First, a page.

Saturday, July 27 @ 1:00pm
33 Saxon Street,
Has an Open Mic?
Would you like to create inclusive environments dedicated to equality and authentic representation of people with disability? Engage confidently with disabled artists and audiences?
Melbourne Spoken Word is thrilled to be offering Open Your Eyes (OYE) Disability Equality Training, Arts Access Victoria’s (AAV) comprehensive introduction to disability equality tailored specifically for the arts industry. AAV has been a leader in access and disability related professional development for over 40 years.
OYE provides an understanding of the needs of people with disability, along with skills and knowledge that can be immediately implemented in any organisation, group or project. OYE engages and challenges participants in such a way that it transforms fear into confidence.
This training workshop will cover:
The Melbourne Fringe Festival Producer had this to say after the workshop:
“The Open Your Eyes disability awareness and equality training is an essential foundation workshop for absolutely everyone. It places access and inclusion within a social context and in a very short time allows the participants to dismantle preconceived ideas about disability – even when those ideas have been well-meaning and, in some ways, effective – and rebuild their understanding based around the Social Model. It’s a mix of educating about what practical steps and processes can be taken to build a more accessible and inclusive society, along with an exploration of dreaming big: imagining a world where all barriers to participation have been removed.”
The OYE facilitators are artists with disability, skilled at using their creative talents to illuminate complex issues around access and inclusion.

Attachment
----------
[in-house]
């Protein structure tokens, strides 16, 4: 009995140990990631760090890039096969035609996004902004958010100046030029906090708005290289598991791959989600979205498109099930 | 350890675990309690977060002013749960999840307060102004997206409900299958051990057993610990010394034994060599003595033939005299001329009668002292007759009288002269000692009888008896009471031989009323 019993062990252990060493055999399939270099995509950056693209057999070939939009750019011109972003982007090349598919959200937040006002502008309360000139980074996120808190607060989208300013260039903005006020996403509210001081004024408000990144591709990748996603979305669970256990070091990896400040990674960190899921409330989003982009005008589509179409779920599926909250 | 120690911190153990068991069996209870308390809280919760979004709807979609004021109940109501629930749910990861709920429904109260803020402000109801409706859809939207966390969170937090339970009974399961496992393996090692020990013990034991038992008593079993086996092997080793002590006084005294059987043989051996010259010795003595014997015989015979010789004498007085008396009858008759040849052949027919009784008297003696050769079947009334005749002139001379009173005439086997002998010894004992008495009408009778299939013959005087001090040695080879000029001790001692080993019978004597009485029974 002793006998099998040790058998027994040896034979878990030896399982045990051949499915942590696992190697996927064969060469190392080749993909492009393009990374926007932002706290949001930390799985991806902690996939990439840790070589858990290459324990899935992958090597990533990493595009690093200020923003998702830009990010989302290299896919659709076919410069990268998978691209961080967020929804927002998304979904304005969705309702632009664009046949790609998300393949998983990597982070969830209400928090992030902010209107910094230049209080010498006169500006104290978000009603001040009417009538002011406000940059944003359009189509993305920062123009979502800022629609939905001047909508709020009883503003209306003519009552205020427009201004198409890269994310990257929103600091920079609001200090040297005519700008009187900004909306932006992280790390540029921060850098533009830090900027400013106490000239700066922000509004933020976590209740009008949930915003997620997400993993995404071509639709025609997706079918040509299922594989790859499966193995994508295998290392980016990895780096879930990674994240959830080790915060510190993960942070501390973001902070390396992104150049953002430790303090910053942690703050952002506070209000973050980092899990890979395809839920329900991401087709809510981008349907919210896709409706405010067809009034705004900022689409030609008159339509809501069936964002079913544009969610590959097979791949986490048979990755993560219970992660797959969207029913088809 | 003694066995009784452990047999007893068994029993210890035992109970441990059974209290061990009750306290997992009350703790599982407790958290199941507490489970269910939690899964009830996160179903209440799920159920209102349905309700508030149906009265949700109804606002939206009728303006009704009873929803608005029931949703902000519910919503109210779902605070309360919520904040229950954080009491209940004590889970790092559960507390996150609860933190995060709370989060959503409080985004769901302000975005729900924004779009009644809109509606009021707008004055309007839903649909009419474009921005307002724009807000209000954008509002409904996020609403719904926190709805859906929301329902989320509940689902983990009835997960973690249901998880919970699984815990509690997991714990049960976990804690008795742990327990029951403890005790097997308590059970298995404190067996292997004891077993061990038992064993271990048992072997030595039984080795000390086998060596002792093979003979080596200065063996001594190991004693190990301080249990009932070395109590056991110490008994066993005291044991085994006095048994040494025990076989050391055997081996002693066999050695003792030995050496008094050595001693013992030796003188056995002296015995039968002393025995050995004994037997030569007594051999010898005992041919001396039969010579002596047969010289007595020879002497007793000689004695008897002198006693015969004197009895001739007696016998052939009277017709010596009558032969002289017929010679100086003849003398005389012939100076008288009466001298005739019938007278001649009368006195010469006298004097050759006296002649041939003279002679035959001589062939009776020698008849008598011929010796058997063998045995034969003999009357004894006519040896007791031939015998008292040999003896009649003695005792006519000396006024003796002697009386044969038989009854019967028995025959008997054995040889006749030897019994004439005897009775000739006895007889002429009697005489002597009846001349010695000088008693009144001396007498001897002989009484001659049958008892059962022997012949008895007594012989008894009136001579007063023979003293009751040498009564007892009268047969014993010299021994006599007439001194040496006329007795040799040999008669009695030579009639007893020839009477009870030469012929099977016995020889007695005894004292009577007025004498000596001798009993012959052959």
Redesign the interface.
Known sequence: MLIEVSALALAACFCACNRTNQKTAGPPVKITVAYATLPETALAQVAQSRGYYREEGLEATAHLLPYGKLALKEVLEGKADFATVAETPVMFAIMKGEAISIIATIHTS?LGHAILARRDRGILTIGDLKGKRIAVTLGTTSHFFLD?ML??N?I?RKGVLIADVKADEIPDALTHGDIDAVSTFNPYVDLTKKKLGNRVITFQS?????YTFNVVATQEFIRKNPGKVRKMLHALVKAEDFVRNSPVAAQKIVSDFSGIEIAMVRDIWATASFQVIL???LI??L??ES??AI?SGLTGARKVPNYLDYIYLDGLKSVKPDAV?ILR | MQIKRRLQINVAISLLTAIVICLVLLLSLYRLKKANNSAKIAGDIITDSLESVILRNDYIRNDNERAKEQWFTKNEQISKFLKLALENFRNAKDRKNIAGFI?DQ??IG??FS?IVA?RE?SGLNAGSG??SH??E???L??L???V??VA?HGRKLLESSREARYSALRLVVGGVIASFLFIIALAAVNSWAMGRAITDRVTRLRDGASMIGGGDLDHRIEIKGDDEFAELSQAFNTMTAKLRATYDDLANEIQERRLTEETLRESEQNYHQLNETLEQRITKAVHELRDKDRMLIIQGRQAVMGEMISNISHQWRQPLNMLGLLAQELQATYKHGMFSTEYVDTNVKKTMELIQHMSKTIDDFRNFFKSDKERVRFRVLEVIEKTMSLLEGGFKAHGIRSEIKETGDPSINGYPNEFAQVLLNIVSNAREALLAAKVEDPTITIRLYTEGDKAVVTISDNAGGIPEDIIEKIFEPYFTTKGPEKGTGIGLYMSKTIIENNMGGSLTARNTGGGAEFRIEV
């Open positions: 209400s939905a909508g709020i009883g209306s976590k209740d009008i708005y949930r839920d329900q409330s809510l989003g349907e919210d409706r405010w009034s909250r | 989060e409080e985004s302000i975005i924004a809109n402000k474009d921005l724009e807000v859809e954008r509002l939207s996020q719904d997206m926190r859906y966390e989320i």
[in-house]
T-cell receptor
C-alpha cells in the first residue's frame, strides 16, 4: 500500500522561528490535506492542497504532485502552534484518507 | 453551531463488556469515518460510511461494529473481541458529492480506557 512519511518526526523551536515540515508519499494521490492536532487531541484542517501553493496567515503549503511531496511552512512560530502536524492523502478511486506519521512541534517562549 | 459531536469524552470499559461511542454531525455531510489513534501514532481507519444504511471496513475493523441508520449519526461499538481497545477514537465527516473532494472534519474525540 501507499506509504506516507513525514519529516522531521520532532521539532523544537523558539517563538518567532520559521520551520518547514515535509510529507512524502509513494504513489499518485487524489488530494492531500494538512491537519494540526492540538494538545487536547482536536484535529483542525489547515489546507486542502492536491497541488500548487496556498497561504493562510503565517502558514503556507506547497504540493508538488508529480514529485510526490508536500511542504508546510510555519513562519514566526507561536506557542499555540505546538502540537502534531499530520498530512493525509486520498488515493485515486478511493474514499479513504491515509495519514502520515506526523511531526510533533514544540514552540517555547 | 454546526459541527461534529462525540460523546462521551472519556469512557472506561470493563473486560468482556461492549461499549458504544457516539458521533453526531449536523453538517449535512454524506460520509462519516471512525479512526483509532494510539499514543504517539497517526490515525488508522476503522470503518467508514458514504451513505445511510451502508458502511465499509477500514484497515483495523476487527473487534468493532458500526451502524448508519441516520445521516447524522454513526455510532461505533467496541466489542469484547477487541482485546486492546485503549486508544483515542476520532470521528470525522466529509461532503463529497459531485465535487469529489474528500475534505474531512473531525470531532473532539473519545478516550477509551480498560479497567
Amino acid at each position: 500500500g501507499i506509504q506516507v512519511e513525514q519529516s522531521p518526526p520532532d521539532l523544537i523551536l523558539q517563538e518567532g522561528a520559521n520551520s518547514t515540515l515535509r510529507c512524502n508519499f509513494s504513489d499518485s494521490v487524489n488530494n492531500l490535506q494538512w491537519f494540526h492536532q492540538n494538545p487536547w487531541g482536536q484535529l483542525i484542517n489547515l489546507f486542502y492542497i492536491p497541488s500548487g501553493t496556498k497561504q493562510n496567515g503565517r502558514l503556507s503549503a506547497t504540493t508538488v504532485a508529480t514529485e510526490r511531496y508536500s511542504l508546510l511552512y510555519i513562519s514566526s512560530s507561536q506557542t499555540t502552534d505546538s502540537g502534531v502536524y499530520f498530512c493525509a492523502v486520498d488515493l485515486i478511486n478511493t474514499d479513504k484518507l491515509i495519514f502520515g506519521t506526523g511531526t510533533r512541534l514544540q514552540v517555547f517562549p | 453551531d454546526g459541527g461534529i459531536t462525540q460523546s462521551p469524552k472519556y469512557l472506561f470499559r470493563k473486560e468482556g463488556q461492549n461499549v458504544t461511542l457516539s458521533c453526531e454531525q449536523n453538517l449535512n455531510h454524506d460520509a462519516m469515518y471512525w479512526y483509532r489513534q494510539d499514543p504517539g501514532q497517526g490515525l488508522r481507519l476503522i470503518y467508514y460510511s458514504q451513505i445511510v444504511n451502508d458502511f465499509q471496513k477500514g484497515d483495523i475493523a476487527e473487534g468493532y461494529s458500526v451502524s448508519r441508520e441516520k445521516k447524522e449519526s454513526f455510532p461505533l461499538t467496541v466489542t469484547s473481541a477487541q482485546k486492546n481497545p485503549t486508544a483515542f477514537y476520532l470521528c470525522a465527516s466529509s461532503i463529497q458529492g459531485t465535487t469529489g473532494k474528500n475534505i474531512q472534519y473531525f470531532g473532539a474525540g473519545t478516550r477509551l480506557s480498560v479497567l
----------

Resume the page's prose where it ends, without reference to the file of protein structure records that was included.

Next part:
Jo Dunbar is a choreographer, director and facilitator with 20 years’ experience in the professional arts industry. Originally from the UK, Jo has worked and trained across multi-art platforms with various arts companies in the UK, Europe and, now, Australia.
In 2011, she founded Australia’s first dance company for deaf and hard-of-hearing performers, The Delta Project. Born profoundly deaf and bilingual in both English and Auslan, she is passionate about all things diverse, experimental and inclusive.
As a facilitator, Jo is skilled at helping participants to draw learning from themselves and each other.
Leisa Prowd has been working at Arts Access Victoria since 2007 to make the arts more accessible for all and is one of the lead facilitators of the OYE Disability Equality Training.
Leisa is an international dancer, performance artist and life model. She joined the inclusive theatre ensembles of the award-winning Rawcus Theatre Company in 2016, and the acclaimed Weave Movement Theatre Group in 2014. She is currently developing both solo and collaborative performances here and overseas.
Leisa’s natural humour and personal anecdotes help to connect participants to the material in a very relatable way.
The winners of the 2020 XYZ Prize for Innovation in Spoken Word are: Eloise Grills and Jaslyn Robertson (co-winners and collaborators), for their piece “Erotic Thriller”.
Highest Queensland Entry: Holly Robertson for “The Laundromat is a Peculiar Place for Philosophy”
Highly Commended:Sarah Temporal ‘Who Gave Birth to my Daughter’
Yasmin McQuade ‘Frida’s Eyebrows’
In its 6th year, the Arts Queensland XYZ Prize for Innovation in Spoken Word is Australia’s only national arts award that recognises the growing field of spoken word and is named after the former 2010 Arts Queensland Poet in Residence, Emily XYZ, who left a deep impression on many of today’s Queensland spoken word artists. It is open to applicants Australia-wide.